ONLY the keen political observer of the grass roots really knows whether, in the end, taxes will be proposed to deal with the budget deficit - or whether the budget summit will end up mainly as a talking exercise. He knows that the driving force behind such action must be a public recognition that such sacrifice is necessary. At this point, there's very little indication that the American people see the necessity of having such pain inflicted on them. Oh, a tax on other people? ``Sure, that's fine.'' But on them? ``Hey, I'll vote against you if you do that.''
Americans these days are relatively happy with their lot. Obviously, there are pockets of unhappiness, particularly in the inner cities, where joblessness remains so high and the poor, with ever-rising prices, get poorer. And many economists see signs on the horizon that point to a recession if the budget deficit isn't lowered. But the average person sees good times in front of him and isn't easily convinced, in that relatively glowing context, that bad times are coming if he doesn't tighten his belt.
One poll has come up with the finding that 50 percent of Americans would be willing to accept more taxes if they are ``necessary.'' Pro-tax politicians are gleefully citing that poll to support their argument that the public now is ready for the president to act ``responsibly'' and impose taxes.
Yet there is no indication that the American people - even those who might be willing to accept a tax - are convinced yet that they need to give up some income to avert an unseen disaster.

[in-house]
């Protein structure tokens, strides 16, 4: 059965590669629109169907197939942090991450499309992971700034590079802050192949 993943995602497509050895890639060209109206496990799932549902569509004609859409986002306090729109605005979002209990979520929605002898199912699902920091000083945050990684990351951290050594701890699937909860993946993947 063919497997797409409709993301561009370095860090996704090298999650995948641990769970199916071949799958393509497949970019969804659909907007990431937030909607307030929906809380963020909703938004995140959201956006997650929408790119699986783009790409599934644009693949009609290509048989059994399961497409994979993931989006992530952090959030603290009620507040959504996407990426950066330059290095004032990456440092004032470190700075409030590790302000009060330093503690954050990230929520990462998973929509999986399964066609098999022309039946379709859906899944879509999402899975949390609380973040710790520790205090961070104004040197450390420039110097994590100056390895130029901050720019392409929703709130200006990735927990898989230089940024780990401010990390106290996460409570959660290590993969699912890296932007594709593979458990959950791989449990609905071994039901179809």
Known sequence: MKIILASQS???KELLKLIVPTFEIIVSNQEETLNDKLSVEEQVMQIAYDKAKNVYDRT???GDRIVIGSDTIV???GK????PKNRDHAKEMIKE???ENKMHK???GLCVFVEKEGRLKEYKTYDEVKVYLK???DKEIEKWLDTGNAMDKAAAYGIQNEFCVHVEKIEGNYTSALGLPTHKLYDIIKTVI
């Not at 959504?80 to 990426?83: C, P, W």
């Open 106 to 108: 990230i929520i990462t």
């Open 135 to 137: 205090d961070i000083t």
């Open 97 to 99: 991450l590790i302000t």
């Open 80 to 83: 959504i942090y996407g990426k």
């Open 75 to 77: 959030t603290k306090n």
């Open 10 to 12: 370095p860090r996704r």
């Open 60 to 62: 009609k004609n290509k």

Candidate George Bush swore there would be no new taxes. Now, as president, he indicates that in the light of new circumstances - a burgeoning budget deficit that went far above his previous calculations - he may have changed his mind. So he set up these summit talks between administration and congressional leaders in which he has pledged ``no preconditions'' on discussions about possible solutions.
Conventional wisdom in Washington says that a move to increased or new taxes in inevitable. But how's this going to come about? I've sat in on a succession of breakfasts with high-level Democrats who are playing key roles in the budget talks - Senators Mitchell, Bentsen, and Sasser, and Representative Panetta - and I've yet to hear a one say he advocated new taxes. No, they well remember - as Senator Sasser pointed out - how Fritz Mondale was punished by the voters in 1984 for proposing higher taxes.
So each side is asking the other to stand up courageously and tell the public that taxes now may be necessary. Indeed, the Democrats say the current talks will go absolutely nowhere unless the president takes this initiative. But Bush keeps talking of a report from this bipartisan committee that must precede his going public with his position on dealing with the deficit.
This is all tippy-toe stuff. If the implications of the budget deficit are as bad as both sides apparently think they are, both the president and congressional leaders are going to have to get off this timid stuff and talk straight to the American people.
Even then it's going to be a monumental educational task to break through the public complacency. The remedy coming from on high is not all on the side of taxing, either. From Ronald Reagan comes the word that, as he sees it, sticking with a no-tax position is a matter of ``character.'' And HUD Secretary Jack Kemp has revealed perhaps a basic difference with the president by underscoring his long-held position: That the deficit is ``not ballooning'' and that any attempt to reduce it by raising taxes will hurt, not help, the economy.
Just before Bush took office Democratic Rep. Dan Rostenkowski, chairman of the House Ways and Means Committee, came to our breakfast and predicted that taxes were inevitable. He said the Republicans and the Democrats would finally join arms and ``leap over the cliff together.'' Such bipartisan action - and avoidance of voter retaliation - may be coming.
But the public will have to become convinced that taxes are necessary. With no crisis at hand, or easily perceived, how is this going to be done?